For reasons that will become clear later, meaning in the future and not in this post, I have been reviewing some of the Mantell case. I won’t bother telling you that it involved Thomas Mantell who died while chasing an unidentified object. What I want to mention are two things, both relevant to understanding the case, but that have gotten buried in the minutia of the sighting.
Donald Keyhoe, when he was writing about the case in his book, The Flying Saucers Are Real, thought the balloon explanation was wrong. He wrote, “To fly the 90 miles from Madisonville to Fort Knox in 30 minutes, a balloon would have required a wind of 180 m.p.h. After traveling at this hurricane speed, it would have to come to a dead stop above Godman Field.”
Keyhoe, who didn’t have access to the official file on the case as I do now, made two assumptions that were incorrect. The first was that the object would have had to travel 90 miles in 30 minutes. That was assuming that the object wasn’t seen to the northeast of Madisonville and to the southwest of Godman. This is actually the case. The time calculation is flawed based on his assumptions.
The other problem is that the object was never over Godman Field. Looking at the case file, those at Godman who reported the object were looking to the southwest. Since the object was never over the field, his calculation of the distances are equally flawed.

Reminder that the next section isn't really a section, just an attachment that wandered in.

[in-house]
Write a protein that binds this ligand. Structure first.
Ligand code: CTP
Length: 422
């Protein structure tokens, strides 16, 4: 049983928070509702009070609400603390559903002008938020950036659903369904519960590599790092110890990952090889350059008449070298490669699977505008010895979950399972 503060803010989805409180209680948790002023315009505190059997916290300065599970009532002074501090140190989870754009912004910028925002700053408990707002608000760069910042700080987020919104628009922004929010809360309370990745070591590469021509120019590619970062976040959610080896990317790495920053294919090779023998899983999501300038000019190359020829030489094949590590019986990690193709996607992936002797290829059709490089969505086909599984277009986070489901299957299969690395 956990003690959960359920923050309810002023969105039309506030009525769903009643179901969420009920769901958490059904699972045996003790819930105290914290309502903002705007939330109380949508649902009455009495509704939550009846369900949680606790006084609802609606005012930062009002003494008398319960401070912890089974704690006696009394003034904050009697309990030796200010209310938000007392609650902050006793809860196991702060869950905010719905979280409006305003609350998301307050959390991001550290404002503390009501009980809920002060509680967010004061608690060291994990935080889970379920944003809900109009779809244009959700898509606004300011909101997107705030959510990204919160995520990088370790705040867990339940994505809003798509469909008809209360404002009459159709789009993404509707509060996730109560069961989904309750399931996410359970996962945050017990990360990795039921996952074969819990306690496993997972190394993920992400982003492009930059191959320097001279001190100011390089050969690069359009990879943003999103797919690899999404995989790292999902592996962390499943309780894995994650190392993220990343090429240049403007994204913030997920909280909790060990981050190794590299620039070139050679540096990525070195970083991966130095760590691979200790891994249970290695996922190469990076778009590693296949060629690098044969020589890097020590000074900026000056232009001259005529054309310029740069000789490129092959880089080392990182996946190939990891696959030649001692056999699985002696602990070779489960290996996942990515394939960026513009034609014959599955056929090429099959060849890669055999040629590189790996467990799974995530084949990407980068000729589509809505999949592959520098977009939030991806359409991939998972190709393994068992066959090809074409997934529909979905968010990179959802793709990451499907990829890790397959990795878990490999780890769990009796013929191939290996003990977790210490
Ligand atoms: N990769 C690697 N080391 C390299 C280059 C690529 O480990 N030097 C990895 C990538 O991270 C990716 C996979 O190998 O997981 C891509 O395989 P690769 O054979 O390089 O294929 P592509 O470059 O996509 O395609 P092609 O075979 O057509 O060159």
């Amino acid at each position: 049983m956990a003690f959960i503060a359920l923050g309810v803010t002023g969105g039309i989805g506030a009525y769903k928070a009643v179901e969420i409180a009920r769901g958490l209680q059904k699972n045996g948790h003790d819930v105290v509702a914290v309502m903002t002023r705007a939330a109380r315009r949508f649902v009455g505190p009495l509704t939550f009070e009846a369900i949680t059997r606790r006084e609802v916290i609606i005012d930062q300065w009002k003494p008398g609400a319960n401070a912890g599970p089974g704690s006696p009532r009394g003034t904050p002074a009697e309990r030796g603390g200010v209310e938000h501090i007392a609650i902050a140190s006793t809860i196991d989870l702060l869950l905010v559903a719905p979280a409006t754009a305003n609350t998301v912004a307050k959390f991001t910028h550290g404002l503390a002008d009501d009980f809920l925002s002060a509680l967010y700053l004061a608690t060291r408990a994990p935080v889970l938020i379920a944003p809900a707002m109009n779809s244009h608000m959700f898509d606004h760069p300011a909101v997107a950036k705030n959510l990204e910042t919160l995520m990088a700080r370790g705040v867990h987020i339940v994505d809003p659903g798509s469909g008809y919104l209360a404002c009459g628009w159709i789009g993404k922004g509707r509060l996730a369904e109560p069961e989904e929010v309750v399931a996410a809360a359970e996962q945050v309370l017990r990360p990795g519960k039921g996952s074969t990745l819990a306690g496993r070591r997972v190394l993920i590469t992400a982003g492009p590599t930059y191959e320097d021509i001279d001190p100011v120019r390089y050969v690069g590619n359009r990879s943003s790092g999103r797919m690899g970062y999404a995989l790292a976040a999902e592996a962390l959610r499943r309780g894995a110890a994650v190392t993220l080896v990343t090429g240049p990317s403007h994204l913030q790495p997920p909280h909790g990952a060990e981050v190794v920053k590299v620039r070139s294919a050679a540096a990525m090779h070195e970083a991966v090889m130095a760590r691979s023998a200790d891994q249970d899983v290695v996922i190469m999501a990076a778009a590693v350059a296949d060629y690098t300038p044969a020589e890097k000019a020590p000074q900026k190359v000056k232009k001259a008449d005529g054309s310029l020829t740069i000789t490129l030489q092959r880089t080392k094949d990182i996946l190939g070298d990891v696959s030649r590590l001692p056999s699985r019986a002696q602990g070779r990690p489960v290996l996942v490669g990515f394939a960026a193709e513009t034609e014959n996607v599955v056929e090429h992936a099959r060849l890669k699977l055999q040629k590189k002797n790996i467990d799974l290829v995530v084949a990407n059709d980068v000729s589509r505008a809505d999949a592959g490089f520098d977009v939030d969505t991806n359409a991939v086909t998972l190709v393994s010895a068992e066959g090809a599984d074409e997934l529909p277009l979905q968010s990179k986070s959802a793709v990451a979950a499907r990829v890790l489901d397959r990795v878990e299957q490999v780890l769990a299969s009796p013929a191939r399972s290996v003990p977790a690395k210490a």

The record shows that none of those with Mantell saw the object when first asked to intercept it. They had to be directed toward it by those in the Godman Tower until Mantell spotted it in front of him and at a higher altitude.
The point here, which is sort of about chasing footnotes, is that many have used Keyhoe as a primary source. The flaw there is that Keyhoe’s information came, not from the documentation and the investigation, but from his sources inside the Pentagon. While he did get many facts correct about UFOs and the investigation of them, he did not have access to the documents in the Mantell case. Had he had those, he would have known the truth about the distances. This is why I chase footnotes and try to get to the original source. There will be a part two on this, because it is clear that the official file is in error as well.